Snow blew in with the pack for about forty-five minutes Sunday. It wasn't cold enough to stick, but just enough to run around in and have fun with the kids. It also brought a mountain of tumbleweeds to our backyard, which was not as much fun. (Picture this multiplied by ten.)
I've been anti-social on social media most of 2016 thus far - but don't think I don't miss you! Keeping my little procrastinators on track at school, cleaning up the yard (again), trying to sell a car, attempting pre-spring cleaning, attending birthday parties for little ones belonging to dear friends, preparing to file taxes and exploring new work opportunities has kept me busier than usual, and made my brain too tired to tweet. Now that the storm is over, and it's February, I figured I should take a page from the groundhog's book, and say hello.
Throughout Minna's childhood, her grandfather warded off her Alptraum by reciting tales of the great warriors of light, who waged war to protect mankind from darkness, as though they were nothing more than stories. Myths. Legends. He never led her to believe they were first-hand accounts, though many of them were. Later, as he struggles with Alzheimer's disease, she doesn't understand when he tries to explain what is coming.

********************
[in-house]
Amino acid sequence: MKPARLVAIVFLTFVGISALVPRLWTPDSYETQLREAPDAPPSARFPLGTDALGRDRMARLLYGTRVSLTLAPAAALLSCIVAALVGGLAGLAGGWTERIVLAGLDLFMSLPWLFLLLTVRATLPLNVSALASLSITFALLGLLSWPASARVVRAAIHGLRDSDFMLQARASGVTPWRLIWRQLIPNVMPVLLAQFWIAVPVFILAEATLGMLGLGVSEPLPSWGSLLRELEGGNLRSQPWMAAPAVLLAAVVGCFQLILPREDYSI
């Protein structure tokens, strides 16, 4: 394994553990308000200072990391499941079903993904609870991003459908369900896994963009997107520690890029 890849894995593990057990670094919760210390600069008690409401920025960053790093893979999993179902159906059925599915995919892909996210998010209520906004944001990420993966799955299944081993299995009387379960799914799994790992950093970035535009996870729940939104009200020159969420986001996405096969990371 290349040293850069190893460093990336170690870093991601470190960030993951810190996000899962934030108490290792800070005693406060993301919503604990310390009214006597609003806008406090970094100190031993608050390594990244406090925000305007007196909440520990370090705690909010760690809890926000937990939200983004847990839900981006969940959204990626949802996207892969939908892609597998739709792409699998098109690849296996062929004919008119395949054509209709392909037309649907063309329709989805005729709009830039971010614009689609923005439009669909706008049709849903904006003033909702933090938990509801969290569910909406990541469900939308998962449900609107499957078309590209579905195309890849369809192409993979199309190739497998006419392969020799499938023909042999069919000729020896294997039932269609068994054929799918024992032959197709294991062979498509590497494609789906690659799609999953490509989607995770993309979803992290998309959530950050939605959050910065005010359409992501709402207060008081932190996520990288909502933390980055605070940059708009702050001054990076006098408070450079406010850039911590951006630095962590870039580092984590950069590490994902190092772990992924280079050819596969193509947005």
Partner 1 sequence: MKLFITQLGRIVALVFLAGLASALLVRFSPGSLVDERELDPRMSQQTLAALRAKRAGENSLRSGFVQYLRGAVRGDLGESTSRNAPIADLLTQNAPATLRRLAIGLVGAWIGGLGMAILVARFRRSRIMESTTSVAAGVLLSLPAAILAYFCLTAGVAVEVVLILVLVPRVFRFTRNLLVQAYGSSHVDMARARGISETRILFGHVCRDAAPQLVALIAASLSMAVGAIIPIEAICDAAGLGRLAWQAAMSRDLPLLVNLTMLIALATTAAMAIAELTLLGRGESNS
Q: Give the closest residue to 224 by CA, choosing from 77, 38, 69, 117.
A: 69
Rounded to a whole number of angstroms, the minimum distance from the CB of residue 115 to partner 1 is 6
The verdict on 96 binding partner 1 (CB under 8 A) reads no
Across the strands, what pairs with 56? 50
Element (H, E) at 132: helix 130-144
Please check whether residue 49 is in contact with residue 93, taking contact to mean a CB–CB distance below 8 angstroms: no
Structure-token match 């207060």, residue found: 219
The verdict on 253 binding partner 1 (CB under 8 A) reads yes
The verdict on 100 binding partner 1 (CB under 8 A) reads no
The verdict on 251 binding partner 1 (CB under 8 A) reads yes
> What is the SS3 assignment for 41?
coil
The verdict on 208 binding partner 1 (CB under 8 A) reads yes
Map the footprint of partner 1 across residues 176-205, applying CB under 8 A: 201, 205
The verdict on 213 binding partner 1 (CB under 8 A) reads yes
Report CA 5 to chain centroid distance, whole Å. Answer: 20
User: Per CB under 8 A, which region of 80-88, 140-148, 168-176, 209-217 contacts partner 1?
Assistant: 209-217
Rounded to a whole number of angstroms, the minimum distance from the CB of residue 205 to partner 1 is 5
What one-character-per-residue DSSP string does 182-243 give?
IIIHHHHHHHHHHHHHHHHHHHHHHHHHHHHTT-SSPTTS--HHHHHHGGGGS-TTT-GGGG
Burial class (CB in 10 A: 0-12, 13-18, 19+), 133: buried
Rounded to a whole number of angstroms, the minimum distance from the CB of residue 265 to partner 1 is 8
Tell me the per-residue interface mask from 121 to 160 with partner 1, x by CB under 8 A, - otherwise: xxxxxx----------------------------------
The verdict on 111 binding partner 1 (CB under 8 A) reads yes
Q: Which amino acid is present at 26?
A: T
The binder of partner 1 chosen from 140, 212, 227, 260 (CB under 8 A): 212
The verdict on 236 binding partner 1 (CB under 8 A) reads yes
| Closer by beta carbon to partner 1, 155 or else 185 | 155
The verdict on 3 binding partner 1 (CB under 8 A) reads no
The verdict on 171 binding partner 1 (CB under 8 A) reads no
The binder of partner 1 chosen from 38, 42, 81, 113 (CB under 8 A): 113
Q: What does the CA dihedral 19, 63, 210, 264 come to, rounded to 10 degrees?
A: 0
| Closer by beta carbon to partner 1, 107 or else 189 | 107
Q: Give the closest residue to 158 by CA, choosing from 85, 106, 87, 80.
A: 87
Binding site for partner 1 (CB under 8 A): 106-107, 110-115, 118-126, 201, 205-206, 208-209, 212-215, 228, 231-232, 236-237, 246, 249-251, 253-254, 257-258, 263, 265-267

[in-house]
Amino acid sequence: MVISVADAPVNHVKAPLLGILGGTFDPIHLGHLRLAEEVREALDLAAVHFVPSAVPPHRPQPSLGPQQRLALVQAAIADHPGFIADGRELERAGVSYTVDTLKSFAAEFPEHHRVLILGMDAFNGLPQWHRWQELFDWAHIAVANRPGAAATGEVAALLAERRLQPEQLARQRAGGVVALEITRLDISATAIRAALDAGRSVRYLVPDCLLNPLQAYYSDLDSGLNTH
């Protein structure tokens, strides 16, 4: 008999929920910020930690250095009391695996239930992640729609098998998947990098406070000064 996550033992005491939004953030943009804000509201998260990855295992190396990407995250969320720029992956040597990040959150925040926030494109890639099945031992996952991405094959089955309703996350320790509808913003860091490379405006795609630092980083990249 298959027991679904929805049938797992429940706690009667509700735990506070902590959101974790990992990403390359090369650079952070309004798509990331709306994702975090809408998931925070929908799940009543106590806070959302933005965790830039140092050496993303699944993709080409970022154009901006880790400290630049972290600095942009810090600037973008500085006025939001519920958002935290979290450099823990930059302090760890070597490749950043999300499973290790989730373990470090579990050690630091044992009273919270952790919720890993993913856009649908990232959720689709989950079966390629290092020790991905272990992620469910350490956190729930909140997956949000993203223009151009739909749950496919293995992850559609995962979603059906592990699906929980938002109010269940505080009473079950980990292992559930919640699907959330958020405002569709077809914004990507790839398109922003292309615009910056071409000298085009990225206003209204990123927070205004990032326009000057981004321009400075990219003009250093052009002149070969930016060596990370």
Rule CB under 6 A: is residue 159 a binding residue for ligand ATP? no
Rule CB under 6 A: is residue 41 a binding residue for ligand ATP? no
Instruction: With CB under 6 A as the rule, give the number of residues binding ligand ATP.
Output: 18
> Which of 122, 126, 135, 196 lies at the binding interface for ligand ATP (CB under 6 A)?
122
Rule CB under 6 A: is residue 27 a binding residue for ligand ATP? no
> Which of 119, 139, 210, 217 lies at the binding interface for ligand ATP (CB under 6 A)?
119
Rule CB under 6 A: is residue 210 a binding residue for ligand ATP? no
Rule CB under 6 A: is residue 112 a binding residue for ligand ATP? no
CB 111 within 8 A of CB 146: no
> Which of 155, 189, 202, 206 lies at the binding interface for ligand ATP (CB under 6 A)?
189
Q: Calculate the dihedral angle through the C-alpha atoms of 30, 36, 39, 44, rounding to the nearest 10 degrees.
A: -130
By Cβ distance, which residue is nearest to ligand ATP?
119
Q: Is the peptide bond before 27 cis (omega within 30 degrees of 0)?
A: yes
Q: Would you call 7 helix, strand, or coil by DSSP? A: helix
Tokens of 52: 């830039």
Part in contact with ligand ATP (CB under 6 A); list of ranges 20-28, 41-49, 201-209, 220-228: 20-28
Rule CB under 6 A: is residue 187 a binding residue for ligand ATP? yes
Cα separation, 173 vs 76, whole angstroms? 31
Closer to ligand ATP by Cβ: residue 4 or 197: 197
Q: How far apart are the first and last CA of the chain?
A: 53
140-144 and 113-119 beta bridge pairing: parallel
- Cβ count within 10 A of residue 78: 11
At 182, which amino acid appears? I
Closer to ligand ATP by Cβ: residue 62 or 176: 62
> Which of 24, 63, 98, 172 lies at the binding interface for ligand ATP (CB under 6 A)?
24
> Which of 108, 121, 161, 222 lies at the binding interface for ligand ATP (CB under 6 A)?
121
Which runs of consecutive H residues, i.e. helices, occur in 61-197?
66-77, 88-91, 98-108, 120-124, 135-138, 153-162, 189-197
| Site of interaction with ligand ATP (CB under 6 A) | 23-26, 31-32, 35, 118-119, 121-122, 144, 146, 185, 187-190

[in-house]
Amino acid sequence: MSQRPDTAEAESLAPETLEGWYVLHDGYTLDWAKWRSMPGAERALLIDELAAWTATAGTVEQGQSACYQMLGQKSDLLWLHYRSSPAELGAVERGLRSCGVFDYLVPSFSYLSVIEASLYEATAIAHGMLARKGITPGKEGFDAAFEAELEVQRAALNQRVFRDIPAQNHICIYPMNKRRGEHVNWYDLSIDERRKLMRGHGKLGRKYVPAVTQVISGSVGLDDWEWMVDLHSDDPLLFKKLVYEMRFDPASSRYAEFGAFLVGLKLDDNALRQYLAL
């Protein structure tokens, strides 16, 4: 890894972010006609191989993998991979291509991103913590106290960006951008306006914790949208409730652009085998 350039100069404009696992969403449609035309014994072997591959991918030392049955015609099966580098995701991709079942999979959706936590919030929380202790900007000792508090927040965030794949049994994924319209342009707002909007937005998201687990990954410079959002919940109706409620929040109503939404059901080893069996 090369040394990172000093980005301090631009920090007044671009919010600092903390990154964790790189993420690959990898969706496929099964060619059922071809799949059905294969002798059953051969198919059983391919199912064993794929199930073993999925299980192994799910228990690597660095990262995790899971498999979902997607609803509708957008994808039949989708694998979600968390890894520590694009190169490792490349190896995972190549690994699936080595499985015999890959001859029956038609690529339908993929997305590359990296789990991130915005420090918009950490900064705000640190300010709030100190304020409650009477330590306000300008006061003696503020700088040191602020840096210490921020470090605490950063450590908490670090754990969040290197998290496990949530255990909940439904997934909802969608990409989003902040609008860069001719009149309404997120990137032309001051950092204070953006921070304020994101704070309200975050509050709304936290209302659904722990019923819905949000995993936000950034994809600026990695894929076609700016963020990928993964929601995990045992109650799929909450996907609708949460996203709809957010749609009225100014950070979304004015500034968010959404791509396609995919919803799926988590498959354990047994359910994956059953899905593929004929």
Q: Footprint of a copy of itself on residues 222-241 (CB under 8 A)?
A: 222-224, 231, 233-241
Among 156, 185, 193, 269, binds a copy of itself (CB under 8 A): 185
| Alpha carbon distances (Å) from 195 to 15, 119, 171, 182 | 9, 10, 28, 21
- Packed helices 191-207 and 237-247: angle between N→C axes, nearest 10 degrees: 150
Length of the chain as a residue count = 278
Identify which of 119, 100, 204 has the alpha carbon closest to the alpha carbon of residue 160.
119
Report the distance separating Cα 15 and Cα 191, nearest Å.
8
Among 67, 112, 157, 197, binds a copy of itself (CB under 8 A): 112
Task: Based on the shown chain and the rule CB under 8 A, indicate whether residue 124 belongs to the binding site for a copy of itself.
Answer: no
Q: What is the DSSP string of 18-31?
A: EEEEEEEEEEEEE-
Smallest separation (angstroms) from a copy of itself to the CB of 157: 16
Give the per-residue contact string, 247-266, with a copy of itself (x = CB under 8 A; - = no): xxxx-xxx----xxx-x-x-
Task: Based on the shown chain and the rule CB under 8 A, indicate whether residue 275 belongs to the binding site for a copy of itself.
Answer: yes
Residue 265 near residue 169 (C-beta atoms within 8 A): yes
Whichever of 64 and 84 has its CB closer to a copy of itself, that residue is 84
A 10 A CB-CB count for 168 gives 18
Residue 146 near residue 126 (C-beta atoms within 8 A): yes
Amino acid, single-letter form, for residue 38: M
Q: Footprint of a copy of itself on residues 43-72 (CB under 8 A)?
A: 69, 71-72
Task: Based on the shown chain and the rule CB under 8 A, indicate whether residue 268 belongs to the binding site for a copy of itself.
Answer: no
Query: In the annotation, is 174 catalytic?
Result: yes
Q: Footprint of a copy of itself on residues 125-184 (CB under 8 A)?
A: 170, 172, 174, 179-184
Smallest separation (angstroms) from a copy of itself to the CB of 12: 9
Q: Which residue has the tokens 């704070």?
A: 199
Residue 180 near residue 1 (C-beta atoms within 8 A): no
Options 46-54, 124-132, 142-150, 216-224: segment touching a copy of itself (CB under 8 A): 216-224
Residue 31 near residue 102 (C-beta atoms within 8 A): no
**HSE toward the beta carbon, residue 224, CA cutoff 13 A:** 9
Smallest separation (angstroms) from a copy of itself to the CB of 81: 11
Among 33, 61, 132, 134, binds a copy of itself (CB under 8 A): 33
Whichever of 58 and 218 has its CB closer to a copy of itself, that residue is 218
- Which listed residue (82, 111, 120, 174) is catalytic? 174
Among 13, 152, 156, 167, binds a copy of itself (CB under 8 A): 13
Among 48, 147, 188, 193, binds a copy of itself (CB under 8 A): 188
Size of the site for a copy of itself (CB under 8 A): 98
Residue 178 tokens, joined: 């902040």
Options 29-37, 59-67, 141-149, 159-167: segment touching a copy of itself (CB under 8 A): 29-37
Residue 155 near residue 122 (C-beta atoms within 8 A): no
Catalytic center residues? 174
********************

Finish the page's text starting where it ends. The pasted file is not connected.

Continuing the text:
His death came as a heavy blow to Minna, who loved "Opa" dearly. She promised him she would remember the stories he told, and keep his treasures safe - including a faded, tattered, ugly green felt hat, hidden in a secret compartment in the bottom of a chest carved from an oak cut down in the Black Forest. She doesn't understand why he was so fixated on the hat, or the stories she could recite from memory, but honors Opa's wishes, and keeps it safely tucked away. Until her Alptraum returns.
Since Minna's story is set in a fictional Southern California suburb, I thought it would be appropriate for earthquakes to play a role in unleashing the evil elves upon unsuspecting teens across the valley when I wrote the original draft. Now, I think I've finally found something I can work with, but, it involves more of the hierarchy of Norse mythology and will probably launch the story into another book, which wasn't my intention. So I may cut the earthquakes out altogether. Decisions, decisions. But, first, more reading for me!
Do you have a favorite source for Norse mythology or German folklore? I'm looking for more to read, so, please, share away in the comments below!
I hope you're having a beautiful day, night, or sometime in the between....